The HTC Hero may not be the nicest looking phone on sale, but it is certainly one of the most exciting, and that is due in part to the combination of HTC’s own know-how and the brilliance of Android. However, besides the quirky design, the Hero wasn’t the cheapest phone on the market and for an operating system to gain widespread acceptance you need to build up a range.
Even the Motorola DEXT is quite expensive, so the market was crying out for something cheaper. The Tattoo is HTC’s answer, looking even nicer than the Hero with a more logical key layout and fixed D-pad navigation button. You can also change the covers.
Changing covers is one thing, but finding something you like can sometimes be rather tricky. High street retailers are hardly interested in giving away valuable selling space for inexpensive covers, and nobody should ever buy the cheap tat on a market stall that will fall to bits in weeks. HTC solves the problem of finding cool covers by allowing you to design your own online, upload a photo if you so desire, and then await delivery of an official cover that is totally unique to you.
To begin with, the phone comes with two rather more sedate covers to keep you going. At the beginning, you’ll be simply wanting to get to grips with Android.
The Tattoo ships with Android OS 1.6, which is gradually being rolled out to Magic users on Vodafone and will be the version that comes with Sony Ericsson’s somewhat more expensive Xperia X10 next year. The HTC Hero still uses 1.5, although an update to 2.0 is on the cards.
You don’t need to worry too much about the version for now, especially when it is newer than the award winning Hero. All of the good things you may have heard about Android are here, and the phone doesn’t skip on features. There’s 3G, high-speed data, GPS and Wi-Fi. In fact, all of the things you got on the Hero.
Firm to the touch
What you don’t get is a capacitive touchscreen, meaning you won’t enjoy nice multi-touch tricks like zooming in and out on the web browser by giving the screen a pinch or pull. The resolution of the display is lower too, which is noticeable (especially if you have used another Android phone) but not so bad as to ruin the experience. The graphics aren’t as slick, and you’ll need to zoom in a little more on the web, but everything is still usable.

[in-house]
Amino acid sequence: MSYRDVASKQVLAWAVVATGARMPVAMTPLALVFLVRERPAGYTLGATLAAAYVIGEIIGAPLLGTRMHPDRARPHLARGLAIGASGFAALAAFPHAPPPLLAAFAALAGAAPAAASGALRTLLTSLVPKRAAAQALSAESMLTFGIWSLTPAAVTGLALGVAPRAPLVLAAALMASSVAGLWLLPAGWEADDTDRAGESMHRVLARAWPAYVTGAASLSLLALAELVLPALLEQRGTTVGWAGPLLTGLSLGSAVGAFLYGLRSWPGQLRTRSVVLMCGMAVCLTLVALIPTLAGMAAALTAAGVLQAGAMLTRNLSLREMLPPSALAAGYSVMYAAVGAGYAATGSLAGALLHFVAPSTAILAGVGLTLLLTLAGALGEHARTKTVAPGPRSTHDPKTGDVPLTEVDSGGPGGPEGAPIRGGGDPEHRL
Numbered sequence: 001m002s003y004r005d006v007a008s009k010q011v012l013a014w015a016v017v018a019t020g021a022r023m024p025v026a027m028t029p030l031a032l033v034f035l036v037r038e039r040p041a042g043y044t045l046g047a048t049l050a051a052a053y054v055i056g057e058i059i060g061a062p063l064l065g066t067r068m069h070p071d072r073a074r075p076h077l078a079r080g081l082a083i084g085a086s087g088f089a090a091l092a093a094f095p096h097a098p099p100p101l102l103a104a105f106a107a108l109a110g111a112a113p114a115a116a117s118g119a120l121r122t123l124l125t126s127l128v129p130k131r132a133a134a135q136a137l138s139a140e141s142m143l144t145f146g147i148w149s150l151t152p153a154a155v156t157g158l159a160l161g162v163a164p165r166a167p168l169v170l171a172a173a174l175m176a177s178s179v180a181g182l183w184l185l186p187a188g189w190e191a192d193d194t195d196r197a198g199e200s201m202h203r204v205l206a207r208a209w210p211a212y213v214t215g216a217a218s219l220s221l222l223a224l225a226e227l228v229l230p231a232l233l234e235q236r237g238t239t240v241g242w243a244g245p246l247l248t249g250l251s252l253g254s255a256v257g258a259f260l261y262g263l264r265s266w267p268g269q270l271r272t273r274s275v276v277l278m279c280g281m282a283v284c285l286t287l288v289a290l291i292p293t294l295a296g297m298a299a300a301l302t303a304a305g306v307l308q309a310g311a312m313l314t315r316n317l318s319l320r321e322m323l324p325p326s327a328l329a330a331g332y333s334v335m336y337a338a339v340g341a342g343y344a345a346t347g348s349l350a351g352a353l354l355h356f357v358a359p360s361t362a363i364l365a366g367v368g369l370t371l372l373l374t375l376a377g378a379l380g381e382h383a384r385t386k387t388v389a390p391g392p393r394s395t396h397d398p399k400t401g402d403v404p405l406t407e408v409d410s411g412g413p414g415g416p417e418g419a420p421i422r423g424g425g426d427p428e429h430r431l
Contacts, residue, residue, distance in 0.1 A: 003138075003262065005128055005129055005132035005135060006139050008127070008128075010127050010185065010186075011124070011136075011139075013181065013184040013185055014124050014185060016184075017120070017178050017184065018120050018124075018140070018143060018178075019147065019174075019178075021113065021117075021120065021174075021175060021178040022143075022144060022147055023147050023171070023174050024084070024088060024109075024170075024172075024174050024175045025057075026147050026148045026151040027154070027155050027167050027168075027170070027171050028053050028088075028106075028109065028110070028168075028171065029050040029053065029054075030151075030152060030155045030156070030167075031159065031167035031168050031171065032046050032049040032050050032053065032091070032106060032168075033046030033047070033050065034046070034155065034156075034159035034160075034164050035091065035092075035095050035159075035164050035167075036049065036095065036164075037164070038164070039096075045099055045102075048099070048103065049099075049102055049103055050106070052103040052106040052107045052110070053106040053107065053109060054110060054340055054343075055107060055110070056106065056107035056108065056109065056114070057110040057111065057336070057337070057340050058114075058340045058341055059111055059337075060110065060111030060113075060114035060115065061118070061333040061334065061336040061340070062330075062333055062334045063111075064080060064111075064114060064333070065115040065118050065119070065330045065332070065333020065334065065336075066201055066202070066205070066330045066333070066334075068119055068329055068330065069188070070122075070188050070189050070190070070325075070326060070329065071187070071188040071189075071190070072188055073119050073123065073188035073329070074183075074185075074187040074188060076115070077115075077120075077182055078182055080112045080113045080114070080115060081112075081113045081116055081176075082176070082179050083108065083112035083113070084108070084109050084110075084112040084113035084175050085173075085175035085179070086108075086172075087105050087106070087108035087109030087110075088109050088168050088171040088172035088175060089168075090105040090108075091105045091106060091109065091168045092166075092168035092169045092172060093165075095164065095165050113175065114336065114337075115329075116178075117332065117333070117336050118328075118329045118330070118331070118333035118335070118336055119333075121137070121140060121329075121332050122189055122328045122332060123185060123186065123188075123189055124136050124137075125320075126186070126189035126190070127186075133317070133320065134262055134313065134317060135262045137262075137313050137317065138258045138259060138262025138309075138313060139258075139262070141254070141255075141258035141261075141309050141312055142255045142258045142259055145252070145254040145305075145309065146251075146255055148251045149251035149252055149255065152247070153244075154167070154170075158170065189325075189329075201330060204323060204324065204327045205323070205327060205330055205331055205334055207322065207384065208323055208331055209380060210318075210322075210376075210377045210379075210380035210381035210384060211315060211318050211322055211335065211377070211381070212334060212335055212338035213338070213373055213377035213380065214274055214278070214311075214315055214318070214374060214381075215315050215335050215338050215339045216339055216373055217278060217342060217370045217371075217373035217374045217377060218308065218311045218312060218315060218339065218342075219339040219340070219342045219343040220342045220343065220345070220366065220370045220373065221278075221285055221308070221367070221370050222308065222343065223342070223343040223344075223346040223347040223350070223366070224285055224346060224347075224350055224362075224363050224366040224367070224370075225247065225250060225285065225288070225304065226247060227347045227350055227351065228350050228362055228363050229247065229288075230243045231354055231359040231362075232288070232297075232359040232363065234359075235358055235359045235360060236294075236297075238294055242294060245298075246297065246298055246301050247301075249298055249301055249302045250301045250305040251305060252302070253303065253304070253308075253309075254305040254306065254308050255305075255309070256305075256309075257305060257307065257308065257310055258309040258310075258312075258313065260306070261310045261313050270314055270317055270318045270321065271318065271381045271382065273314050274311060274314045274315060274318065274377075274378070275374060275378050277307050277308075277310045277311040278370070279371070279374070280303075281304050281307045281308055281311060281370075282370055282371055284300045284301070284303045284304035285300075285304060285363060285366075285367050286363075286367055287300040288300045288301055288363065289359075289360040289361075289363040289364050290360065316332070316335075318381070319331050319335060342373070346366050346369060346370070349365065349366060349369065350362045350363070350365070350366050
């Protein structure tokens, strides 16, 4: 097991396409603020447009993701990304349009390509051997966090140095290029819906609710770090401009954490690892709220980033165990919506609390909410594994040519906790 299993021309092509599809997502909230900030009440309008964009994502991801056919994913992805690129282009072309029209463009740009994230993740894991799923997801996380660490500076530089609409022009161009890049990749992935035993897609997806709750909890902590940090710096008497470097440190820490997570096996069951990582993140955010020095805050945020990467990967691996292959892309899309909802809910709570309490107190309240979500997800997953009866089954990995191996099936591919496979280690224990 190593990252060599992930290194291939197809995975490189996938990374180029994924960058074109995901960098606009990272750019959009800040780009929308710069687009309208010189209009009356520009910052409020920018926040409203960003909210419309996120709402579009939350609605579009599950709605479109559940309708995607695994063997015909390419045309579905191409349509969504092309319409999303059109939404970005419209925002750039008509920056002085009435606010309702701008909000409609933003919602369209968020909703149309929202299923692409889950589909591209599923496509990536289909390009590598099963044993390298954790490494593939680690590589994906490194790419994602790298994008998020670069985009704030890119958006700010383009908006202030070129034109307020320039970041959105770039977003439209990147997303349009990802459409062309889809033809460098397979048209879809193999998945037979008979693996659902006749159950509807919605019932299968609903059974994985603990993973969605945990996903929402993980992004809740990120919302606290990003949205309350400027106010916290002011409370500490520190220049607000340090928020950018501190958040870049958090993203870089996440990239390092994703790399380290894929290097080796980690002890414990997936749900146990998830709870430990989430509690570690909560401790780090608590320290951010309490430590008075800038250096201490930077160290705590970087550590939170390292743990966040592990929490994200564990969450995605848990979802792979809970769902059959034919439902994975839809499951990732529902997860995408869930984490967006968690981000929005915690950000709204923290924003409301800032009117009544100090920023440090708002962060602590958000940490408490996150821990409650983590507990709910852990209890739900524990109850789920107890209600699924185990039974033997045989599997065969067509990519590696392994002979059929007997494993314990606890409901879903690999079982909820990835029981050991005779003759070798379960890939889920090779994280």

It’s also quicker to move around the screens than on models with higher resolution displays with many more pixels to manage.
The pixels are also down on the camera, with the Tattoo losing the 5-megapixel autofocus camera and getting a 3.2-megapixel fixed focus one instead. Imaging wasn’t the strongest point on the Hero and it’s fair to say that it is even worse here.
What the Tattoo is all about is ease of use, handling email, contacts and – thanks to the addition of HTC Sense – keeping updated with your social networking data. This includes the TouchFLO front-end that has nine horizontally scrolling panels that can show widgets, links and applications for easy access. It’s quick and incredibly adaptable.
From the moment you switch the Tattoo on for the first time, you’re asked to sign up or login to your Google account (it’s a necessity), then add your details for Facebook, Flickr and Twitter if you use them. From then on, you can quickly see the latest tweets in HTC’s own ‘Peep’ application (but you can also get something more advanced from Android Market), while Facebook content is integrated with your contacts.
If you’re a regular Facebook user, this means that you’ll not only get photos added for your contacts, but the usual status updates and notifications of when new photos are added, which can be viewed like a normal photo gallery. With so much going on, the Android system where you pull down a notification bar at the top of the screen gives you the ability to respond to all the updates immediately or flick them back up to the top for reading later. It’s a far better solution than the usual pop-up windows that show once and then disappear for good when you close them.
Google manages your data in the ‘cloud’, which means everything is uploaded and downloaded to Google. All of the contacts and calendar appointments on the phone are in fact being pulled down from Google. If you lose your phone, all the personal data on there (excluding photos, unless you’ve uploaded them to an online gallery) is safe and will be put back on any replacement Android phone.
A suite of Google applications includes Google Talk, Google Maps and Google Mail. You can also use the internal email client to pick up other accounts using Microsoft Exchange, POP or IMAP.
However, it makes more sense to set up your Gmail account to collect mail there, and then use the many different filters for multiple accounts. This has the added benefit of offering up incredible SPAM protection.
The browser includes many additions from HTC, including Flash and visual bookmarks.
Android Market now has a better way of categorising and searching for apps, split between free and paid-for. There are now loads of apps to choose from.
The Tattoo is a great looking phone and a welcome addition to the Android family, and while it doesn’t have the most responsive screen compared to other Android offerings, it still incorporates all the best things the OS has to offer.
Let’s begin by stating what you don’t get on the Tattoo over the HTC Hero: no capacitive touchscreen and no multi-touch. That’s it. The camera is down to 3.2-megapixels and the screen has a lower-res QVGA display, but you get everything else, from 3G and HSDPA to Wi-Fi and assisted GPS. You get the same HTC Sense add-on to manage Facebook, Flickr and Twitter content, plus the nine-panel TouchFLO front-end and enhanced web browser. Throw in the customisable replacement battery covers and the lower price and the Tattoo is another clear winner from HTC.